Expanding Remedies in Unfair Labor Practice Cases

Labor & Employment @lert

Date: July 05, 2022

Under the National Labor Relations Act (“NLRA”), the National Labor Relations Board (“Board”) is unable to award penalties when an unfair labor practice (“ULP”) is committed by an employer or union.[1] Instead, the Board may award make-whole remedies that are designed to restore the party to their pre-violation status. A recent memorandum from the Board’s General Counsel, Jennifer A. Abruzzo, however, shows how far this Board is willing to go in issuing make-whole remedies.

On September 8, 2021, the Board’s General Counsel released a memorandum encouraging Regional attorneys to “request from the Board the full panoply of remedies available to ensure that victims of unlawful conduct are made whole for losses suffered as a result of unfair labor practices.”[2] The September 2021 memorandum provided numerous examples of remedies that the General Counsel encouraged the Regional attorneys to request from the Board, such as:

  • Reimbursement of organizational costs (e.g., requiring an employer to pay for organizational costs that a union incurs in a re-run election because the employer has engaged in unlawful conduct sufficiently egregious as to cause the results of the prior election to be set aside);
  • Reinstatement of unlawfully withdrawn bargaining proposals (where there was an unlawful failure to bargain); and
  • Reimbursement of collective-bargaining expenses (e.g., requiring a respondent to reimburse an opposing bargaining party for negotiation expenses incurred during the entire period in which it fails to bargain in good faith where there was an unlawful failure to bargain).

On June 23, 2022, the Board’s General Counsel released a new memorandum, providing an update on the efforts to secure these expansive remedies.[3] The memorandum notes that the secured remedies have “secured compensation for derivative economic harm,” including:

  • Reimbursing fees for late car loan payments and late rent;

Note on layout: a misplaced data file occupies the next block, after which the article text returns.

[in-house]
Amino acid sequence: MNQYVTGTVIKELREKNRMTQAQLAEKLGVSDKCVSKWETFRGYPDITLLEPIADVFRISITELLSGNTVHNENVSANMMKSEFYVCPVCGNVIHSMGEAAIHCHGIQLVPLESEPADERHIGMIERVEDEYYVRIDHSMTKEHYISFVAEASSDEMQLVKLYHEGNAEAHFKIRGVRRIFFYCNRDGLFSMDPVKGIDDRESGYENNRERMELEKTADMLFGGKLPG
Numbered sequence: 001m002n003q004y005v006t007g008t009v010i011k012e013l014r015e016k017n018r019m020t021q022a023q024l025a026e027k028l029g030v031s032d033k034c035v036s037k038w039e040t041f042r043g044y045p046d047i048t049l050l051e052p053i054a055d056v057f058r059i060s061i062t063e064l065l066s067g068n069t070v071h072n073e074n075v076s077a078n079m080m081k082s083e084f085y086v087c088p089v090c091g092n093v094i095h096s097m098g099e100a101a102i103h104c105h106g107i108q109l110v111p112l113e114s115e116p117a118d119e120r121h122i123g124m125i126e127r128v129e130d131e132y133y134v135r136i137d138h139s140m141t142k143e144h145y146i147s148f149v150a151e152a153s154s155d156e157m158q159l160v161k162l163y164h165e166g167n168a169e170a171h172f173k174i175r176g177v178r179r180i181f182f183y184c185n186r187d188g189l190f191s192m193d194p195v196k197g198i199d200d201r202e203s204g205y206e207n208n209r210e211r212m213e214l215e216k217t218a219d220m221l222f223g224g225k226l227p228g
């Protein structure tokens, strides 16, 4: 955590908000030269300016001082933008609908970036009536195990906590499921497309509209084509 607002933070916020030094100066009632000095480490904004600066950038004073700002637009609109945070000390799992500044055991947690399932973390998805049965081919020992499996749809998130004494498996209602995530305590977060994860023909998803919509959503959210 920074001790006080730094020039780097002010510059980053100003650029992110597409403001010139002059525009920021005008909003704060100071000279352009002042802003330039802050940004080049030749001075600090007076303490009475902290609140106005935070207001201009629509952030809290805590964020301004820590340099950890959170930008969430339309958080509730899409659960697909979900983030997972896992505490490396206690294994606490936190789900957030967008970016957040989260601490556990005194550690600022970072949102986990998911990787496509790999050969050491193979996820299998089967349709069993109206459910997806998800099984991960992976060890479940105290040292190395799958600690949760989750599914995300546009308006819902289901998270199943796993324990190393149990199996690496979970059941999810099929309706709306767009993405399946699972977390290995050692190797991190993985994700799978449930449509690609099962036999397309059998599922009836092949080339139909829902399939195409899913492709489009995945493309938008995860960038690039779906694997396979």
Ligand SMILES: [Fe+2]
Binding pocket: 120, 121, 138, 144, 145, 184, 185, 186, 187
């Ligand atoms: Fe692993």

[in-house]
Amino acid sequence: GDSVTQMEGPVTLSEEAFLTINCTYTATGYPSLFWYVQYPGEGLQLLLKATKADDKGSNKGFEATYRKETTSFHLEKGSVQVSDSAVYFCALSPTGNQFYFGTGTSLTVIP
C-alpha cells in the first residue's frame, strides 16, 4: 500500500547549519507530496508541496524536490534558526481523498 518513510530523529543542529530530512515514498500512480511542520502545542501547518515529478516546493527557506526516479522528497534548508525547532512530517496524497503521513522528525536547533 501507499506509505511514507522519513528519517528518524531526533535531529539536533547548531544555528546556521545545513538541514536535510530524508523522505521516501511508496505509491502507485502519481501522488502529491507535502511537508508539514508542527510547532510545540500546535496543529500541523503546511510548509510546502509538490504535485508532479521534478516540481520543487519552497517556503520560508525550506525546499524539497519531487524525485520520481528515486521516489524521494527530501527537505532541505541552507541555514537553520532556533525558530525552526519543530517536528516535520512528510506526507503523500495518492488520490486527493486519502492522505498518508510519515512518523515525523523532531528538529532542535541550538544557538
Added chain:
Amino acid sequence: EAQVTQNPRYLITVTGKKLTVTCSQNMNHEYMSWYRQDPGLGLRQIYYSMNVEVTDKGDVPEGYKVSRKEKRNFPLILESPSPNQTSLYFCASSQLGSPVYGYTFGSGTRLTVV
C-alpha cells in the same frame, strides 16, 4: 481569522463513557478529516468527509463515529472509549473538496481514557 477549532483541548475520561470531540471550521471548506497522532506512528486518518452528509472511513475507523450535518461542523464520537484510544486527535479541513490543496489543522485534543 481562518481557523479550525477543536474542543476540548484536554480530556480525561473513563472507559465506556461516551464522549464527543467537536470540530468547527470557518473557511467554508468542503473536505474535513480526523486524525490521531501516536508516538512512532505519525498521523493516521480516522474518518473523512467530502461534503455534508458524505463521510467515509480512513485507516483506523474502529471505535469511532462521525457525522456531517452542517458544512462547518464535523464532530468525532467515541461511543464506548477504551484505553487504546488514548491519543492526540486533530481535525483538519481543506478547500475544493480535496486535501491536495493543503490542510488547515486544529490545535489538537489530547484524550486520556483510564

• Payment of monthly interest on a loan a discriminatee took out to cover living expenses;
  • The cost of retrofitting a discriminatee’s car to make it usable in a new job;
  • Creation of a video recording of the Board agent reading [a] notice, in the presence of senior charged party official, to be distributed to employees at multiple facilities; and
  • Union’s bargaining costs during period of employer bad faith bargaining.

The June 23, 2022 memorandum affirms that the General Counsel will continue pushing for expansive remedies requests at the Board, and that the Board will oblige these requests.

In addition to the efforts to maximize economic remedies under current Board law, the General Counsel has also requested the Board reconsider, and overrule, current Board precedent limiting economic remedies. On June 24, 2022, the day after the General Counsel’s memorandum updating the recent remedies secured by Regional attorneys, the General Counsel filed a motion[4] requesting the Board overrule Ex-Cell-O Corp.[5] Ex-Cell-O Corp. provides that when there has been a violation of the NLRA by stalling or delaying the bargaining process, the Board’s remedial power is to order the parties to start bargaining. If Ex-Cell-O Corp. is overruled, Regional attorneys can, and under the General Counsel’s most-recent guidance, will seek wages employees “should have received” but missed out on due to the employer’s delay during the collective bargaining process as a remedy for the violation.

Practically, employers should take preventive measures to ensure compliance with the NLRA. The General Counsel’s guidance on pursuing remedies for derivative economic harm and legal action to undo current limits on economic remedies creates more liability for employers.


For more information, please contact:

Eric S. Clark

Bret W. Vetter

or any other member of our Labor & Employment group.

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[3] https://apps.nlrb.gov/link/document.aspx/09031d45837c61b8 (Update on Efforts to Secure Full Remedies).

[4] https://t.co/YvR4K2Cyti (General Counsel’s Motion)

[5] Ex-Cell-O Corp., 185 NLRB 107 (1970).